ajedrez February 11, 2014 - 3:58 pm

Not necessarily. If it’s not a trip you make on a regular basis, I can see how somebody might not know what’s the best portion of the platform to stand at for a particular transfer. Depending on how saavy you are, you might be able to figure it out logically (for instance, logically, you should be towards the front of the train if you want to make the transfer from the B/D/F/M to the 6, because the trains are headed east, and Lafayette Street is at the east end of the station).

Andrew2 February 11, 2014 - 8:00 pm

You give tourists/newbies way too much credit to figure out any of this info.

ajedrez February 12, 2014 - 1:21 pm

I’m not talking about tourists/newbies. I’m talking about people who ride the subway regularly, but may not be familiar with the best spot to make the transfer because they don’t make that particular trip.

Chris C February 12, 2014 - 10:23 am


As a tourist I always go by the numbers and letters not the colours. Even the major tourist sites use the line numbers and not the colours

e.g. The Met

Take the 4, 5, or 6 train to 86th Street …
Take the 1 train to 86th Street, then the M86 crosstown bus …

Empire State Building

The closest subway stops are Penn Station / 34th St on the 1,2, or 3 lines, or the B, D, F, N, Q, R to 34th St / Avenue of the Americas

No mention of line colours there.

And just using colours is no help if the train you want does not stop at a particular stop.

And telling a tourist just to take the red line to get to the Statue of Liberty is not a great idea if they end up on a 2/3 train.

Any time I have asked anyone n NYC for advice on subway lines they always use the number / letter and never the colour.

And as to optimizing transfers a lot of people prefer to stand where they get the best chance of a seat rather than making a quick exit – especially if their trip is several stops. That’s certainly my experience here in London.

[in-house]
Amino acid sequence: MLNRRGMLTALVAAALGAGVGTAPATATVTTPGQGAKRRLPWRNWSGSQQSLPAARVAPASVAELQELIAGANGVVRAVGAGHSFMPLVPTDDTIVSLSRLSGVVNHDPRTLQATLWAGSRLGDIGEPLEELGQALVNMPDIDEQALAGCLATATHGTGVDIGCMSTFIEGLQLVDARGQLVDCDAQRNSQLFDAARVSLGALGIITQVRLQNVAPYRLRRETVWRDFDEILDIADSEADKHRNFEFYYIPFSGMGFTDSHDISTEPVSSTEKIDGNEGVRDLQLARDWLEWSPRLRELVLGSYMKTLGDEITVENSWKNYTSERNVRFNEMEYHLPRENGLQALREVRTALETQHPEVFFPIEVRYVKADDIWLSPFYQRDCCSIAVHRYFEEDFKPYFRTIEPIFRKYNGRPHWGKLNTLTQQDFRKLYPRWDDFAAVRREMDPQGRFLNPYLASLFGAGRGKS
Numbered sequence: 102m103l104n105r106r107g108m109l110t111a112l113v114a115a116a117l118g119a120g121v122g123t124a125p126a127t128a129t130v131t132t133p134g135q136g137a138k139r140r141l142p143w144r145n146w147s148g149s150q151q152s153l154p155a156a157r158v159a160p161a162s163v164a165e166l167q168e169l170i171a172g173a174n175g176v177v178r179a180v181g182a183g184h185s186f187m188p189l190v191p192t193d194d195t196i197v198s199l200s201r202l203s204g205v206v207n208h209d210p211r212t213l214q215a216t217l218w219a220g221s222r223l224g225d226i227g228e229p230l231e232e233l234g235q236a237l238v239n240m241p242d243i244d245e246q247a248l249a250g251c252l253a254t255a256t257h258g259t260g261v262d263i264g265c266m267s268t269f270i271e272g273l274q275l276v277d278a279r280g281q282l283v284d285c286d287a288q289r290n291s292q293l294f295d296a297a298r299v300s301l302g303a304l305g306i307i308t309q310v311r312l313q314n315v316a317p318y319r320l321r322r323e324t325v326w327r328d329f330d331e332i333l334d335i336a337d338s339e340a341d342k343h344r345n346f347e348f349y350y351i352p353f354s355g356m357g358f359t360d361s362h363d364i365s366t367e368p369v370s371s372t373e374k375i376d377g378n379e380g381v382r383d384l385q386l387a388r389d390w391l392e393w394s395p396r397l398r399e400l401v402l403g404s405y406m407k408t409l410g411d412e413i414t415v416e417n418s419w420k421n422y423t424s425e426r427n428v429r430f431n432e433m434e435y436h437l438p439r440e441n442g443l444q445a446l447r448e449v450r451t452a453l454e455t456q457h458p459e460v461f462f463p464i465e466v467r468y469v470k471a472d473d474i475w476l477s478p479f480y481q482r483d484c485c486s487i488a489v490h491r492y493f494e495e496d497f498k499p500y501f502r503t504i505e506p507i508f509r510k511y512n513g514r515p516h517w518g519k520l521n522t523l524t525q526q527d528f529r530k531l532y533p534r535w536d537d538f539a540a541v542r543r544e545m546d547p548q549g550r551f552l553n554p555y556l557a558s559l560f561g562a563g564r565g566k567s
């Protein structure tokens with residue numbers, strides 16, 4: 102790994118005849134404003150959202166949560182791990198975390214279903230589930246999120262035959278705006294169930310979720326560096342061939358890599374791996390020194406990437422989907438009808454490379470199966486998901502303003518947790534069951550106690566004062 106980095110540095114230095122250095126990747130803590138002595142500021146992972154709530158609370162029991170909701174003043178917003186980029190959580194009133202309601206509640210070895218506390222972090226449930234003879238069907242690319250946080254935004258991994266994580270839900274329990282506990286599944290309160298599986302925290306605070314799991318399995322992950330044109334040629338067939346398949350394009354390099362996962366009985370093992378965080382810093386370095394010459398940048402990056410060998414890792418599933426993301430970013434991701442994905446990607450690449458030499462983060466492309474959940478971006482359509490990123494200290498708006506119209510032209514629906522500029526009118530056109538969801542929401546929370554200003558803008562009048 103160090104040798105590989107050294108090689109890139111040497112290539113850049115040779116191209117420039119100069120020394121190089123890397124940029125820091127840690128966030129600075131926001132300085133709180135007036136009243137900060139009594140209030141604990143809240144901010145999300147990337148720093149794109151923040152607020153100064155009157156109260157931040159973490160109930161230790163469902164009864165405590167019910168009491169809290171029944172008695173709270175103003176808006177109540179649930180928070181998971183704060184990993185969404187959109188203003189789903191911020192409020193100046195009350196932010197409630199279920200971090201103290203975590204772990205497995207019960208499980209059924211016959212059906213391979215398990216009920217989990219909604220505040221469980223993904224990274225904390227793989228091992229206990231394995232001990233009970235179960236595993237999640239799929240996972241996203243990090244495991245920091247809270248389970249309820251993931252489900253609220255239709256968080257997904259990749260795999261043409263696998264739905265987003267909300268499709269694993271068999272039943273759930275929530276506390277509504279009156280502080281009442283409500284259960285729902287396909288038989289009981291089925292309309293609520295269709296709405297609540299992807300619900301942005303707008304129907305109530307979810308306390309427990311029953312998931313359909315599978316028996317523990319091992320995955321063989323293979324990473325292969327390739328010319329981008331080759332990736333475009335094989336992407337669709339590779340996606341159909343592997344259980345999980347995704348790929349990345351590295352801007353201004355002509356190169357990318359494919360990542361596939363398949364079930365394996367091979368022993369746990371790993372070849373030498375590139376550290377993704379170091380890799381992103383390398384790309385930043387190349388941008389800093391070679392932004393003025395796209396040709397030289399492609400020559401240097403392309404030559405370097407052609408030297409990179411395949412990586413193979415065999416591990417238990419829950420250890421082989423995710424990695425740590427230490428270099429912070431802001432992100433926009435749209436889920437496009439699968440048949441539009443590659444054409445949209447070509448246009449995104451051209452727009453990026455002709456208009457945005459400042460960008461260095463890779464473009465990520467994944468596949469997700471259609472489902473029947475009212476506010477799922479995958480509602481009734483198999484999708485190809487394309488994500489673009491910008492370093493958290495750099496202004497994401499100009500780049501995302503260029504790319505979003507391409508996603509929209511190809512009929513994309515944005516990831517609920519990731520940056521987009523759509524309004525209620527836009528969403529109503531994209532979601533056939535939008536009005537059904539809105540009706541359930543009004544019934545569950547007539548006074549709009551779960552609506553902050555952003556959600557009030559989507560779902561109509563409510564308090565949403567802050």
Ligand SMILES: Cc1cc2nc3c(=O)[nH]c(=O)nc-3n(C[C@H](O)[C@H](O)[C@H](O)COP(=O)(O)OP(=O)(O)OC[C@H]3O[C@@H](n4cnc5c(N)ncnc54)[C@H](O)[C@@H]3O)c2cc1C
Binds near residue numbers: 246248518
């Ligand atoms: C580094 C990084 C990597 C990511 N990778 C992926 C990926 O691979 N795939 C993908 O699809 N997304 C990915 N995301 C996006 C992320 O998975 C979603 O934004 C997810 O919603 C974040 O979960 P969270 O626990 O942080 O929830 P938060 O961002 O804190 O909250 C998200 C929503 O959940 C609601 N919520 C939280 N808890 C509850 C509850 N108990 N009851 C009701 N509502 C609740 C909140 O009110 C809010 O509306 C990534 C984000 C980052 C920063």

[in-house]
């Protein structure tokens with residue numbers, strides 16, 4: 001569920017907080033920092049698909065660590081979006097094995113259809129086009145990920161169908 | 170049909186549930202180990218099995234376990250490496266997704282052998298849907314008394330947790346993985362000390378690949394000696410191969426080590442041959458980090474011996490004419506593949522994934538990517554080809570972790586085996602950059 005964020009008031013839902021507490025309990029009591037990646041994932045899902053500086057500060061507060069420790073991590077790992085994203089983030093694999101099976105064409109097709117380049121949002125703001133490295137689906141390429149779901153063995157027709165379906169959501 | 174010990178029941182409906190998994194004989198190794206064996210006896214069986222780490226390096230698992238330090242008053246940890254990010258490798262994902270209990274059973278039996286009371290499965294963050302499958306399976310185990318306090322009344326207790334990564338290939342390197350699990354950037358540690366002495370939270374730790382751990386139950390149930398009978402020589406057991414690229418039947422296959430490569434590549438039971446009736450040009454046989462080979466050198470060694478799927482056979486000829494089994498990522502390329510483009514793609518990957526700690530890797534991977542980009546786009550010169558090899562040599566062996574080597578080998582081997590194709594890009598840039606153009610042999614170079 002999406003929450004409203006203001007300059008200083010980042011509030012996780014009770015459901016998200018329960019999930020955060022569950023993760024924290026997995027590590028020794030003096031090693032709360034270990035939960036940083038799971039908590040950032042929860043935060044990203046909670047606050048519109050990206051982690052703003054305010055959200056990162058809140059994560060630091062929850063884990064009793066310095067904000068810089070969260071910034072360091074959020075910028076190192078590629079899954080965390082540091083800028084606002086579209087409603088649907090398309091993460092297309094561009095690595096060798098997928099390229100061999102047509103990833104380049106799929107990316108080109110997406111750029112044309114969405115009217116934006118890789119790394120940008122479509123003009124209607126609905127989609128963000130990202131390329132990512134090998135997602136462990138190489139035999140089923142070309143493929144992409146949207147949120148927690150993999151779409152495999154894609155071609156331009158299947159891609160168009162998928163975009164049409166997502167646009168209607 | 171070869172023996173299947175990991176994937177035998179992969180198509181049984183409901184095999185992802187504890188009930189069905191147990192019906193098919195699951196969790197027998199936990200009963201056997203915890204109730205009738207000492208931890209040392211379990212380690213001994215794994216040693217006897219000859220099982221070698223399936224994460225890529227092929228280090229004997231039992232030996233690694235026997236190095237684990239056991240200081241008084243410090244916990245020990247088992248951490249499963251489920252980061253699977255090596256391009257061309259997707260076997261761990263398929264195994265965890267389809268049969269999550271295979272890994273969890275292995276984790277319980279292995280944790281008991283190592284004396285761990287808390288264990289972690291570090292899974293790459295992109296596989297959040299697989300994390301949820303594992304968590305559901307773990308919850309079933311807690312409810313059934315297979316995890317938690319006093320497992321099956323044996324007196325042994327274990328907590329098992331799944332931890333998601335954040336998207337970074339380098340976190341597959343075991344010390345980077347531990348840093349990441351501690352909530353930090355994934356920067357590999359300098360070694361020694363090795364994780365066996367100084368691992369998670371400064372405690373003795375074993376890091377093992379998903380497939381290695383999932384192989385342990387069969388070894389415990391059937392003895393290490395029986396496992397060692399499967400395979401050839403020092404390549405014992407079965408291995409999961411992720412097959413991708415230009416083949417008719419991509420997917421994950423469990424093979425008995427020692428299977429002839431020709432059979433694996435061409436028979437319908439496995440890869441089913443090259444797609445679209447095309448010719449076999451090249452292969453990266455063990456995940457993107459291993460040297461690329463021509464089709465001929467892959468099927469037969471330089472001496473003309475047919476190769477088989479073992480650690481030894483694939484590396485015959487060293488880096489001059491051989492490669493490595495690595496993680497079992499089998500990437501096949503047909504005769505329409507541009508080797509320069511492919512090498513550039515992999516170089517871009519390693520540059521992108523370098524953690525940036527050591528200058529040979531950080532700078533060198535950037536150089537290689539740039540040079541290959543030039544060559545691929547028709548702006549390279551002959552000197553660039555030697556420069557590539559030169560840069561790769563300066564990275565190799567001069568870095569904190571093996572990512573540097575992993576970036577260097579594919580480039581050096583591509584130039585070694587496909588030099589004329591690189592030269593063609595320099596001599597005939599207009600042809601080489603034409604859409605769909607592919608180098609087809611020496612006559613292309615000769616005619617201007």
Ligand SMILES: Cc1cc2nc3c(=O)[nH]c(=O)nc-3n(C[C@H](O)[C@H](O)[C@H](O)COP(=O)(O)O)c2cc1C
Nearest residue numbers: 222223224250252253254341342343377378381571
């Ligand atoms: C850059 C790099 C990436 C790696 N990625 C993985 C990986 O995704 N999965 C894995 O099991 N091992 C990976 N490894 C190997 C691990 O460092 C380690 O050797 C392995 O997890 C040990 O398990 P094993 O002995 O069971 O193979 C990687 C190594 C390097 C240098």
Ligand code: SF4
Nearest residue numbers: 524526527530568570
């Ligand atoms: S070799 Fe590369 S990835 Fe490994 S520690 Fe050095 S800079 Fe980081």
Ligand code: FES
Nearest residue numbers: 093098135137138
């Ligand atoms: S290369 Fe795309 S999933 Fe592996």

Keith Williams February 11, 2014 - 2:56 pm

I think the MTA’s fears are overblown. Especially on longer trips, I much prefer an uncrowded car to saving 20-30 seconds on my commute.

I love the “quiet pleasure” quote. Even Exit Strategy (which I use often) requires at least some effort.

anon_coward February 11, 2014 - 2:56 pm

i have no problem with it. i’ll take less crowding and an extra 30 seconds than being squeezed in a subway car

MDC February 11, 2014 - 2:58 pm

There’s already an iPhone app for this, called “Exit Strategy”. My wife has been using it for years. I’m more the type who enjoys figuring it out for myself.

Epson45 February 11, 2014 - 3:13 pm

too bad they didnt fixed the andriod version of the pos app.

John-2 February 11, 2014 - 3:11 pm

I had this down to a science back in the early 1970s on the LL, for getting on at First Avenue at exactly the right door for the N/RR transfer at Union Square … except for the day 1575 (the R-10 prototype) came in as the car in the preferred location, and neither of the door leaves at that spot opened (they opened on the other side at Union Square, but such was the continued status of declining preventive maintenance in the 1970s).

JJJ February 11, 2014 - 3:49 pm

Santiago used this exact type of signage to AVOID overcrowding.


Ever get off a train, walk a few feet left, turn around, walk right….trying to figure out where the way you want to go is?

That causes congestion.

Ever been on the wrong end of the platform, and had to walk like a salmon against the masses to get to your stairway?